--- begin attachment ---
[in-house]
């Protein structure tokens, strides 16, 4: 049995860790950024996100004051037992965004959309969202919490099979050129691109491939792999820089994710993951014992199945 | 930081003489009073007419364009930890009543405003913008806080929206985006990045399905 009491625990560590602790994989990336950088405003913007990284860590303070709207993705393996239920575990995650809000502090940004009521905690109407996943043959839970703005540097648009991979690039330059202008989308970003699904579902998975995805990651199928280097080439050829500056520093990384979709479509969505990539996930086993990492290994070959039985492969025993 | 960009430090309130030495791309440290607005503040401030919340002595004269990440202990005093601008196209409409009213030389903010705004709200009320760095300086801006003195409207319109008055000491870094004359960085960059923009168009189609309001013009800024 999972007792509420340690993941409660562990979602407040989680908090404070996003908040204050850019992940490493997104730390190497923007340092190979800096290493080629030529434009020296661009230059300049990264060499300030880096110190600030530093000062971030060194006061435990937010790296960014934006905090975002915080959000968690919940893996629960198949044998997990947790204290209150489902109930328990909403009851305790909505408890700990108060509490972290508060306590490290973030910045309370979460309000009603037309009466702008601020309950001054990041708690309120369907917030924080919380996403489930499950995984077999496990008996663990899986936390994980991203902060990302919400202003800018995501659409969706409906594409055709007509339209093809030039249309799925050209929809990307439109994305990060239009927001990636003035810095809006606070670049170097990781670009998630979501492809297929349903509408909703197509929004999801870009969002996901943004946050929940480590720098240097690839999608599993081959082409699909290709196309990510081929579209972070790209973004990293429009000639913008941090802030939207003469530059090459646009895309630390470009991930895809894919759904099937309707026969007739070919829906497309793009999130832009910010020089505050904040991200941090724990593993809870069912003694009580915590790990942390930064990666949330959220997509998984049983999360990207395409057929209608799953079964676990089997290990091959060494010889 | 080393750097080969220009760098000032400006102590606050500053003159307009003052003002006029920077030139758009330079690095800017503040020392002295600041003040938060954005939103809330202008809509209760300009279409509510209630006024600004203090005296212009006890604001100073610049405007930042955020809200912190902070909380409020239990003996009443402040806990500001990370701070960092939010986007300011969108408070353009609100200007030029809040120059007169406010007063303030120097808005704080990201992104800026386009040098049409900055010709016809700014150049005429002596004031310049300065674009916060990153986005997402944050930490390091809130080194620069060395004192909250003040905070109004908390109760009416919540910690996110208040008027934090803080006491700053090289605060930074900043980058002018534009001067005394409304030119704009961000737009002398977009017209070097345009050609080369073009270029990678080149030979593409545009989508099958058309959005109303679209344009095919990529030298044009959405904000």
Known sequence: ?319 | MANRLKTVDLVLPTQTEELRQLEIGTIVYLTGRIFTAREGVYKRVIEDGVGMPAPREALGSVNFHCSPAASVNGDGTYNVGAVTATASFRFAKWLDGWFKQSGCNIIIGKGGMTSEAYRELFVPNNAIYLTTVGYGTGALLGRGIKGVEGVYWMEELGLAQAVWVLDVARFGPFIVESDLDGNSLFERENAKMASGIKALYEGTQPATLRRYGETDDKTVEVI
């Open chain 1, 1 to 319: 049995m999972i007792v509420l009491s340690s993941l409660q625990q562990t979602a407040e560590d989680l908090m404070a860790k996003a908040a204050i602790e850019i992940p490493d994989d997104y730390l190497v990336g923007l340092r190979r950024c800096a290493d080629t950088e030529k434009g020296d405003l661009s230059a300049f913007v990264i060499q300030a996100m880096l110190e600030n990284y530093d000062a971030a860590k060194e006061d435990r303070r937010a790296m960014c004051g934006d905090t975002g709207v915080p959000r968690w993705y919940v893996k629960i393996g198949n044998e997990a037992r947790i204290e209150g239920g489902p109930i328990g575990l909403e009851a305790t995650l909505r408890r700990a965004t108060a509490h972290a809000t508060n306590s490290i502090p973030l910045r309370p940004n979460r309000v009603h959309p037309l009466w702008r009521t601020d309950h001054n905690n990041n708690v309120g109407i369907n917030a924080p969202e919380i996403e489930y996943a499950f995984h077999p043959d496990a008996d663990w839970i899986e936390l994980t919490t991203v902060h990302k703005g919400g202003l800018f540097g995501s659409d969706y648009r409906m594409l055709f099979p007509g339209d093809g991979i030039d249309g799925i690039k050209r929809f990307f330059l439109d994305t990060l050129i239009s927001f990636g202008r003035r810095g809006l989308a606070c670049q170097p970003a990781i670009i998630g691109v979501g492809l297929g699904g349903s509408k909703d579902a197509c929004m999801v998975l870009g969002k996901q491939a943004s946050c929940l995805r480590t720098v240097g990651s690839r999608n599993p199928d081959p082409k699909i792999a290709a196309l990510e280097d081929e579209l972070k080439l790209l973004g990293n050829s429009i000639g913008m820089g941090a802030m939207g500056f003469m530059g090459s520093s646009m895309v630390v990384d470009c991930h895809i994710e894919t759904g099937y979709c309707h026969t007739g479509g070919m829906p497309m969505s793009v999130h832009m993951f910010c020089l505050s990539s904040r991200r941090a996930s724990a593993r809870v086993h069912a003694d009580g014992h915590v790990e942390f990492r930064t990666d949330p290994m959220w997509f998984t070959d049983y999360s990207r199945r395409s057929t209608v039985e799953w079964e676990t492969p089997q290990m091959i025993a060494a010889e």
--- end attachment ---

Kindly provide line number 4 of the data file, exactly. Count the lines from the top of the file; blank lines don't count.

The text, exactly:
């Open chain 1, 1 to 319: 049995m999972i007792v509420l009491s340690s993941l409660q625990q562990t979602a407040e560590d989680l908090m404070a860790k996003a908040a204050i602790e850019i992940p490493d994989d997104y730390l190497v990336g923007l340092r190979r950024c800096a290493d080629t950088e030529k434009g020296d405003l661009s230059a300049f913007v990264i060499q300030a996100m880096l110190e600030n990284y530093d000062a971030a860590k060194e006061d435990r303070r937010a790296m960014c004051g934006d905090t975002g709207v915080p959000r968690w993705y919940v893996k629960i393996g198949n044998e997990a037992r947790i204290e209150g239920g489902p109930i328990g575990l909403e009851a305790t995650l909505r408890r700990a965004t108060a509490h972290a809000t508060n306590s490290i502090p973030l910045r309370p940004n979460r309000v009603h959309p037309l009466w702008r009521t601020d309950h001054n905690n990041n708690v309120g109407i369907n917030a924080p969202e919380i996403e489930y996943a499950f995984h077999p043959d496990a008996d663990w839970i899986e936390l994980t919490t991203v902060h990302k703005g919400g202003l800018f540097g995501s659409d969706y648009r409906m594409l055709f099979p007509g339209d093809g991979i030039d249309g799925i690039k050209r929809f990307f330059l439109d994305t990060l050129i239009s927001f990636g202008r003035r810095g809006l989308a606070c670049q170097p970003a990781i670009i998630g691109v979501g492809l297929g699904g349903s509408k909703d579902a197509c929004m999801v998975l870009g969002k996901q491939a943004s946050c929940l995805r480590t720098v240097g990651s690839r999608n599993p199928d081959p082409k699909i792999a290709a196309l990510e280097d081929e579209l972070k080439l790209l973004g990293n050829s429009i000639g913008m820089g941090a802030m939207g500056f003469m530059g090459s520093s646009m895309v630390v990384d470009c991930h895809i994710e894919t759904g099937y979709c309707h026969t007739g479509g070919m829906p497309m969505s793009v999130h832009m993951f910010c020089l505050s990539s904040r991200r941090a996930s724990a593993r809870v086993h069912a003694d009580g014992h915590v790990e942390f990492r930064t990666d949330p290994m959220w997509f998984t070959d049983y999360s990207r199945r395409s057929t209608v039985e799953w079964e676990t492969p089997q290990m091959i025993a060494a010889e």